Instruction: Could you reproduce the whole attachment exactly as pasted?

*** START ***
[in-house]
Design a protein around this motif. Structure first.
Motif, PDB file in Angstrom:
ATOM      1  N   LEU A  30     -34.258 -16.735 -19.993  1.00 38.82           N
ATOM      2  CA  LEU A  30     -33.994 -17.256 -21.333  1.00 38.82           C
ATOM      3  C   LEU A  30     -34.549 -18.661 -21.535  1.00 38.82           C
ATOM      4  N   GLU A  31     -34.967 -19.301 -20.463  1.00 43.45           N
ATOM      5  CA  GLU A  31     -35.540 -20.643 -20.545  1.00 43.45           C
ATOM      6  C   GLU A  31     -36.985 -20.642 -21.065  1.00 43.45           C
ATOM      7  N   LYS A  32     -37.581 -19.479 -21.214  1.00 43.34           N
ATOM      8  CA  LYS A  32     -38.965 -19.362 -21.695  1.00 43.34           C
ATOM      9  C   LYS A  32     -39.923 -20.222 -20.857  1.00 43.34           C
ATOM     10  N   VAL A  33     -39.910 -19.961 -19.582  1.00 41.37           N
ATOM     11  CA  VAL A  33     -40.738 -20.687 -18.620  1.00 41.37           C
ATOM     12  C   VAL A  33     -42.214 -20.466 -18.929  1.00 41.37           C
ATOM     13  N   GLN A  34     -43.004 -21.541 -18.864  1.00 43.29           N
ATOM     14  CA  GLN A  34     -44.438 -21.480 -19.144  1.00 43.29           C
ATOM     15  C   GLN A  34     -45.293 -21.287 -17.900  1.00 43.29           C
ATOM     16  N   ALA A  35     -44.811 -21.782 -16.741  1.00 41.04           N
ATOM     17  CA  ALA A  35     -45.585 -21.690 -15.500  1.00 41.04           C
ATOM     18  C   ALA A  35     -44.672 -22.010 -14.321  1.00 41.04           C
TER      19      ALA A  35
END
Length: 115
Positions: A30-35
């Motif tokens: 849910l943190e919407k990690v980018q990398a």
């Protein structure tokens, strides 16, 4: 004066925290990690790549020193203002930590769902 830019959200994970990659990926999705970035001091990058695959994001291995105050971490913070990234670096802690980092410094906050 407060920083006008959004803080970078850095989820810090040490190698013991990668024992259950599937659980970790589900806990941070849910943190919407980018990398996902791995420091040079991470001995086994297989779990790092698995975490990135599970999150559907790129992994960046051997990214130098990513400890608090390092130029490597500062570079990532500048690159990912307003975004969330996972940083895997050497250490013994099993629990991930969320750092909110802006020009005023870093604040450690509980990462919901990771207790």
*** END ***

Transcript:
[in-house]
Design a protein around this motif. Structure first.
Motif, PDB file in Angstrom:
ATOM      1  N   LEU A  30     -34.258 -16.735 -19.993  1.00 38.82           N
ATOM      2  CA  LEU A  30     -33.994 -17.256 -21.333  1.00 38.82           C
ATOM      3  C   LEU A  30     -34.549 -18.661 -21.535  1.00 38.82           C
ATOM      4  N   GLU A  31     -34.967 -19.301 -20.463  1.00 43.45           N
ATOM      5  CA  GLU A  31     -35.540 -20.643 -20.545  1.00 43.45           C
ATOM      6  C   GLU A  31     -36.985 -20.642 -21.065  1.00 43.45           C
ATOM      7  N   LYS A  32     -37.581 -19.479 -21.214  1.00 43.34           N
ATOM      8  CA  LYS A  32     -38.965 -19.362 -21.695  1.00 43.34           C
ATOM      9  C   LYS A  32     -39.923 -20.222 -20.857  1.00 43.34           C
ATOM     10  N   VAL A  33     -39.910 -19.961 -19.582  1.00 41.37           N
ATOM     11  CA  VAL A  33     -40.738 -20.687 -18.620  1.00 41.37           C
ATOM     12  C   VAL A  33     -42.214 -20.466 -18.929  1.00 41.37           C
ATOM     13  N   GLN A  34     -43.004 -21.541 -18.864  1.00 43.29           N
ATOM     14  CA  GLN A  34     -44.438 -21.480 -19.144  1.00 43.29           C
ATOM     15  C   GLN A  34     -45.293 -21.287 -17.900  1.00 43.29           C
ATOM     16  N   ALA A  35     -44.811 -21.782 -16.741  1.00 41.04           N
ATOM     17  CA  ALA A  35     -45.585 -21.690 -15.500  1.00 41.04           C
ATOM     18  C   ALA A  35     -44.672 -22.010 -14.321  1.00 41.04           C
TER      19      ALA A  35
END
Length: 115
Positions: A30-35
């Motif tokens: 849910l943190e919407k990690v980018q990398a």
């Protein structure tokens, strides 16, 4: 004066925290990690790549020193203002930590769902 830019959200994970990659990926999705970035001091990058695959994001291995105050971490913070990234670096802690980092410094906050 407060920083006008959004803080970078850095989820810090040490190698013991990668024992259950599937659980970790589900806990941070849910943190919407980018990398996902791995420091040079991470001995086994297989779990790092698995975490990135599970999150559907790129992994960046051997990214130098990513400890608090390092130029490597500062570079990532500048690159990912307003975004969330996972940083895997050497250490013994099993629990991930969320750092909110802006020009005023870093604040450690509980990462919901990771207790």